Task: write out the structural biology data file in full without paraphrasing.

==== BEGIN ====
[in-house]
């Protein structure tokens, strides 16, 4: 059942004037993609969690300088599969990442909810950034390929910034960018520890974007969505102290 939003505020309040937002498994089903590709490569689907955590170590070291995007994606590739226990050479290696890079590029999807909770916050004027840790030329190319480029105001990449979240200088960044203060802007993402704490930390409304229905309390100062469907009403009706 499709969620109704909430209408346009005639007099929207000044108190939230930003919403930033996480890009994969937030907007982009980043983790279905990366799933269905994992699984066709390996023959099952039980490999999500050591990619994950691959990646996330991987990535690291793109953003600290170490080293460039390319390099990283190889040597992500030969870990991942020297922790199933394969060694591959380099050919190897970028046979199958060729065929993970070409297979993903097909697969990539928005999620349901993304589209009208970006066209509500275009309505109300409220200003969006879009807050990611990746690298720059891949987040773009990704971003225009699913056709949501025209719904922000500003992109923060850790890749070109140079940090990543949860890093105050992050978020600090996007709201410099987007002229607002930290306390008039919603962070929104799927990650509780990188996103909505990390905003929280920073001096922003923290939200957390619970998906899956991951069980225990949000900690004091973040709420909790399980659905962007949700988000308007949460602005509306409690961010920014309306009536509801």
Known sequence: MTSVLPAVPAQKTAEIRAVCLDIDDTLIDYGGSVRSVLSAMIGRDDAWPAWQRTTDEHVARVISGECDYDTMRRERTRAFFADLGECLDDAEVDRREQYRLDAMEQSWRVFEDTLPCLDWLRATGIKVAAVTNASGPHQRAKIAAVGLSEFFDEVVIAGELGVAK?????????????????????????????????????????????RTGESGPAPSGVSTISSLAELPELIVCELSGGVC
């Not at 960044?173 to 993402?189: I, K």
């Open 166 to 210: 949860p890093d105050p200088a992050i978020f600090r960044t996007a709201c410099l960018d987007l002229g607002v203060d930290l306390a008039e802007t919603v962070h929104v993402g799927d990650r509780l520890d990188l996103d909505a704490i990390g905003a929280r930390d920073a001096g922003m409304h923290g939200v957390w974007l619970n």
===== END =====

[in-house]
């Protein structure tokens, strides 16, 4: 059942004037993609969690300088599969990442909810950034390929910034960018520890974007969505102290 939003505020309040937002498994089903590709490569689907955590170590070291995007994606590739226990050479290696890079590029999807909770916050004027840790030329190319480029105001990449979240200088960044203060802007993402704490930390409304229905309390100062469907009403009706 499709969620109704909430209408346009005639007099929207000044108190939230930003919403930033996480890009994969937030907007982009980043983790279905990366799933269905994992699984066709390996023959099952039980490999999500050591990619994950691959990646996330991987990535690291793109953003600290170490080293460039390319390099990283190889040597992500030969870990991942020297922790199933394969060694591959380099050919190897970028046979199958060729065929993970070409297979993903097909697969990539928005999620349901993304589209009208970006066209509500275009309505109300409220200003969006879009807050990611990746690298720059891949987040773009990704971003225009699913056709949501025209719904922000500003992109923060850790890749070109140079940090990543949860890093105050992050978020600090996007709201410099987007002229607002930290306390008039919603962070929104799927990650509780990188996103909505990390905003929280920073001096922003923290939200957390619970998906899956991951069980225990949000900690004091973040709420909790399980659905962007949700988000308007949460602005509306409690961010920014309306009536509801």
Known sequence: MTSVLPAVPAQKTAEIRAVCLDIDDTLIDYGGSVRSVLSAMIGRDDAWPAWQRTTDEHVARVISGECDYDTMRRERTRAFFADLGECLDDAEVDRREQYRLDAMEQSWRVFEDTLPCLDWLRATGIKVAAVTNASGPHQRAKIAAVGLSEFFDEVVIAGELGVAK?????????????????????????????????????????????RTGESGPAPSGVSTISSLAELPELIVCELSGGVC
């Not at 960044?173 to 993402?189: I, K």
């Open 166 to 210: 949860p890093d105050p200088a992050i978020f600090r960044t996007a709201c410099l960018d987007l002229g607002v203060d930290l306390a008039e802007t919603v962070h929104v993402g799927d990650r509780l520890d990188l996103d909505a704490i990390g905003a929280r930390d920073a001096g922003m409304h923290g939200v957390w974007l619970n």